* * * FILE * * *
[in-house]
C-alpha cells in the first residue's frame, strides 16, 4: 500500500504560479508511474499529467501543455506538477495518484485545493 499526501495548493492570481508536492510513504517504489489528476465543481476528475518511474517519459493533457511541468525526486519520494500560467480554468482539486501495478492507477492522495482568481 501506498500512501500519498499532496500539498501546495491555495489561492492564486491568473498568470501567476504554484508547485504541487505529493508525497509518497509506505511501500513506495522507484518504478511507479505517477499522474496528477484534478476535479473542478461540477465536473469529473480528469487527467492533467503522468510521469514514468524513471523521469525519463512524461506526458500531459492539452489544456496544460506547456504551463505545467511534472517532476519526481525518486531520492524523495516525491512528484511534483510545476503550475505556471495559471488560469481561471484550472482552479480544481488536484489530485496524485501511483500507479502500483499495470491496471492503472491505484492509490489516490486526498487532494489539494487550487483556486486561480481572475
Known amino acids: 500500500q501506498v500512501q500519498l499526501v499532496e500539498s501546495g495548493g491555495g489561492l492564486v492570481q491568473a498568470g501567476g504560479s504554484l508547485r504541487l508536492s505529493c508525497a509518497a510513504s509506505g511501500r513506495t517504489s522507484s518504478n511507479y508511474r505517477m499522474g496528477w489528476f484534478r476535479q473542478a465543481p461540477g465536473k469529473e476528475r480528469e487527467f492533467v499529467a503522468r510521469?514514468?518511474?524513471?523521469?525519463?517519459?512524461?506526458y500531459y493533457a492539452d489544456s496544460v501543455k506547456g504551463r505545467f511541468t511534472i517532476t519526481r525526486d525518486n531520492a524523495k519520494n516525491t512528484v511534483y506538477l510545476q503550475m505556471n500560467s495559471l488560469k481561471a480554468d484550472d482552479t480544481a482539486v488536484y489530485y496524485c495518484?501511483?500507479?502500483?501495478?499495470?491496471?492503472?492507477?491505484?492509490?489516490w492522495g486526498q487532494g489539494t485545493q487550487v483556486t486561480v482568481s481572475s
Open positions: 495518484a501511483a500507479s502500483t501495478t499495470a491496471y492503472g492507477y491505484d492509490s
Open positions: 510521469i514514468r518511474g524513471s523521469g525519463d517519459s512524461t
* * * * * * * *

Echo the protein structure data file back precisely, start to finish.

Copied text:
[in-house]
C-alpha cells in the first residue's frame, strides 16, 4: 500500500504560479508511474499529467501543455506538477495518484485545493 499526501495548493492570481508536492510513504517504489489528476465543481476528475518511474517519459493533457511541468525526486519520494500560467480554468482539486501495478492507477492522495482568481 501506498500512501500519498499532496500539498501546495491555495489561492492564486491568473498568470501567476504554484508547485504541487505529493508525497509518497509506505511501500513506495522507484518504478511507479505517477499522474496528477484534478476535479473542478461540477465536473469529473480528469487527467492533467503522468510521469514514468524513471523521469525519463512524461506526458500531459492539452489544456496544460506547456504551463505545467511534472517532476519526481525518486531520492524523495516525491512528484511534483510545476503550475505556471495559471488560469481561471484550472482552479480544481488536484489530485496524485501511483500507479502500483499495470491496471492503472491505484492509490489516490486526498487532494489539494487550487483556486486561480481572475
Known amino acids: 500500500q501506498v500512501q500519498l499526501v499532496e500539498s501546495g495548493g491555495g489561492l492564486v492570481q491568473a498568470g501567476g504560479s504554484l508547485r504541487l508536492s505529493c508525497a509518497a510513504s509506505g511501500r513506495t517504489s522507484s518504478n511507479y508511474r505517477m499522474g496528477w489528476f484534478r476535479q473542478a465543481p461540477g465536473k469529473e476528475r480528469e487527467f492533467v499529467a503522468r510521469?514514468?518511474?524513471?523521469?525519463?517519459?512524461?506526458y500531459y493533457a492539452d489544456s496544460v501543455k506547456g504551463r505545467f511541468t511534472i517532476t519526481r525526486d525518486n531520492a524523495k519520494n516525491t512528484v511534483y506538477l510545476q503550475m505556471n500560467s495559471l488560469k481561471a480554468d484550472d482552479t480544481a482539486v488536484y489530485y496524485c495518484?501511483?500507479?502500483?501495478?499495470?491496471?492503472?492507477?491505484?492509490?489516490w492522495g486526498q487532494g489539494t485545493q487550487v483556486t486561480v482568481s481572475s
Open positions: 495518484a501511483a500507479s502500483t501495478t499495470a491496471y492503472g492507477y491505484d492509490s
Open positions: 510521469i514514468r518511474g524513471s523521469g525519463d517519459s512524461t